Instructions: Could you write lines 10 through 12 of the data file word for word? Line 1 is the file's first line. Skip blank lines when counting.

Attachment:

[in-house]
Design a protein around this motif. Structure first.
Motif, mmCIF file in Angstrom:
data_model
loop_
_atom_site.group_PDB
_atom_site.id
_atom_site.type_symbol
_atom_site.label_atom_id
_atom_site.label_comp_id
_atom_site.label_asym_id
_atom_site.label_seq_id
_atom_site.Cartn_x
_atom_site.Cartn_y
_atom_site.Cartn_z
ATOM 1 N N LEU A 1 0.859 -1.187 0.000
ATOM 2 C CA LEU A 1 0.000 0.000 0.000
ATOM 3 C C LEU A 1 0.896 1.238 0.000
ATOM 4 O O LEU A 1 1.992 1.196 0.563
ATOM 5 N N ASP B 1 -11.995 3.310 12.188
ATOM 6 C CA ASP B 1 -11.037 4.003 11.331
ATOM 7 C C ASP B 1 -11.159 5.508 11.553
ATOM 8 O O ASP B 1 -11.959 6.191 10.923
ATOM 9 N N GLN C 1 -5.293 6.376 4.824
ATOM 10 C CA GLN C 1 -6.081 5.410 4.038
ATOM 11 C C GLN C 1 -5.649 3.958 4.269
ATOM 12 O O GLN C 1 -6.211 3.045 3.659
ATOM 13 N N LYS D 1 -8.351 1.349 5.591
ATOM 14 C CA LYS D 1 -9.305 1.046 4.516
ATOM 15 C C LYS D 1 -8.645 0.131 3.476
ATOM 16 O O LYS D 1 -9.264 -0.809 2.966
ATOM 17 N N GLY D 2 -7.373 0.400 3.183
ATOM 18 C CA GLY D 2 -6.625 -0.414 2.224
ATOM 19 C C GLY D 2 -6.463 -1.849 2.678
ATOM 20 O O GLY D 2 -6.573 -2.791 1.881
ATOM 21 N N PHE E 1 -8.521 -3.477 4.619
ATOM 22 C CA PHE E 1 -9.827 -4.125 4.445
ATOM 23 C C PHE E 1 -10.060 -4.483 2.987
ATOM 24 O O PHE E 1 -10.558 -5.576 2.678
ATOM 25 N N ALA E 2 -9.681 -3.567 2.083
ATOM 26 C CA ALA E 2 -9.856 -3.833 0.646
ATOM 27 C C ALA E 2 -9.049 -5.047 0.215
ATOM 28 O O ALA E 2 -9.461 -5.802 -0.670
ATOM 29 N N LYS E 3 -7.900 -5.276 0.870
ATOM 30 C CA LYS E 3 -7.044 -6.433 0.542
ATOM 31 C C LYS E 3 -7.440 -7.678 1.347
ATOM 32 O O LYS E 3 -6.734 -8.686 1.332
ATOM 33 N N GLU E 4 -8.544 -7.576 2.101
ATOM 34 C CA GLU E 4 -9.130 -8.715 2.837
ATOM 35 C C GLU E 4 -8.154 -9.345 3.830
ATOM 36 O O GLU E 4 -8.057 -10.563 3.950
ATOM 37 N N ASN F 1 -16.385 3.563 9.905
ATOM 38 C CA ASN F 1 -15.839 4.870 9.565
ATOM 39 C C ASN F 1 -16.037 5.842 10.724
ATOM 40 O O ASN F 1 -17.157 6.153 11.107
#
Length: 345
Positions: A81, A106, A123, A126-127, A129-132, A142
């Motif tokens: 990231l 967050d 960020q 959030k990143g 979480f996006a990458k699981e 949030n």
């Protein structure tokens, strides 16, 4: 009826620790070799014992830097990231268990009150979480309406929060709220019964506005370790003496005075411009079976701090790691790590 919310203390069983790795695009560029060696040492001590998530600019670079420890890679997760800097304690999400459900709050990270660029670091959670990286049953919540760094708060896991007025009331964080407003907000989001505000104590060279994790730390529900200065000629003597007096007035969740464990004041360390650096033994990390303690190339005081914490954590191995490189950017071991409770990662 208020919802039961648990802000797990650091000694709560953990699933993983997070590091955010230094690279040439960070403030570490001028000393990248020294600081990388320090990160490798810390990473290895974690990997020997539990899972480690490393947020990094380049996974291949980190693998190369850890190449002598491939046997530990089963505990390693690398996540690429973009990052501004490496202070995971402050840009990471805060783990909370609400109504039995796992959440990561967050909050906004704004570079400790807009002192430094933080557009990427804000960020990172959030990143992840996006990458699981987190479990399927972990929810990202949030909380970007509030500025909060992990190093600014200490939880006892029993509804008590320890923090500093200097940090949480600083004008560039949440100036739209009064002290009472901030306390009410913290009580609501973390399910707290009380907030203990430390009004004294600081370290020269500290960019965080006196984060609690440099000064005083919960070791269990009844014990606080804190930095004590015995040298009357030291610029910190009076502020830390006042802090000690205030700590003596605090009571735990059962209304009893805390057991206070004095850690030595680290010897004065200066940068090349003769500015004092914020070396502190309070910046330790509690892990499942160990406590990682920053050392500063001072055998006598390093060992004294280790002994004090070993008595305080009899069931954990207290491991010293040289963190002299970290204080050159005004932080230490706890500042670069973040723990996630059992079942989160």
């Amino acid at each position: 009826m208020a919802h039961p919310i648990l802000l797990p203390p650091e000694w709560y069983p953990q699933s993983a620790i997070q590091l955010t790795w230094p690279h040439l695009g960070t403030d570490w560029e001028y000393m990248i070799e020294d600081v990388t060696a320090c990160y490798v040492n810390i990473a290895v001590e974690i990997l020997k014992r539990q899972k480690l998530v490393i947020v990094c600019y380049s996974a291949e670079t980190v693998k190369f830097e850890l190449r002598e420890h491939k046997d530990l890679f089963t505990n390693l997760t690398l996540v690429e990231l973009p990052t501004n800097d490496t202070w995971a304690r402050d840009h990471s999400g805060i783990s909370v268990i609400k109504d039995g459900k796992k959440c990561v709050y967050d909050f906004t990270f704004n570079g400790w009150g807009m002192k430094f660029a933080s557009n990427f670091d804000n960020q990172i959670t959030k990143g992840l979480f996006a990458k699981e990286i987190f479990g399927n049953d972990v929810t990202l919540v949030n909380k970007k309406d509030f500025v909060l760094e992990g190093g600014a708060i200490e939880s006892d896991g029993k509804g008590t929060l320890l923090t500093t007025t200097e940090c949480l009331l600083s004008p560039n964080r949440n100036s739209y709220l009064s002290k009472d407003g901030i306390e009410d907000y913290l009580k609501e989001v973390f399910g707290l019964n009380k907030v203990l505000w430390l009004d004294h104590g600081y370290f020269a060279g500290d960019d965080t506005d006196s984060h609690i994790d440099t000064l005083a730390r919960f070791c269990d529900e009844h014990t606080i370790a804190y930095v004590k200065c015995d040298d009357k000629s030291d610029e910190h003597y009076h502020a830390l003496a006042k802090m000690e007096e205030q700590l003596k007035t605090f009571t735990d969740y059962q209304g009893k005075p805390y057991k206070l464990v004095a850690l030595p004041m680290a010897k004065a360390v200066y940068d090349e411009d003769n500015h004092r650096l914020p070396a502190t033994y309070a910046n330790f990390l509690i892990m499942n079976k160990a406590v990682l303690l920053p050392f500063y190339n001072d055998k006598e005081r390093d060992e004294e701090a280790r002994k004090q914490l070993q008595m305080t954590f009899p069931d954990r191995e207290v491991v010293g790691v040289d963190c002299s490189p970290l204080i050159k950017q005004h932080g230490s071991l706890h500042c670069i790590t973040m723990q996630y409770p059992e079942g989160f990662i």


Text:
_atom_site.label_comp_id
_atom_site.label_asym_id
_atom_site.label_seq_id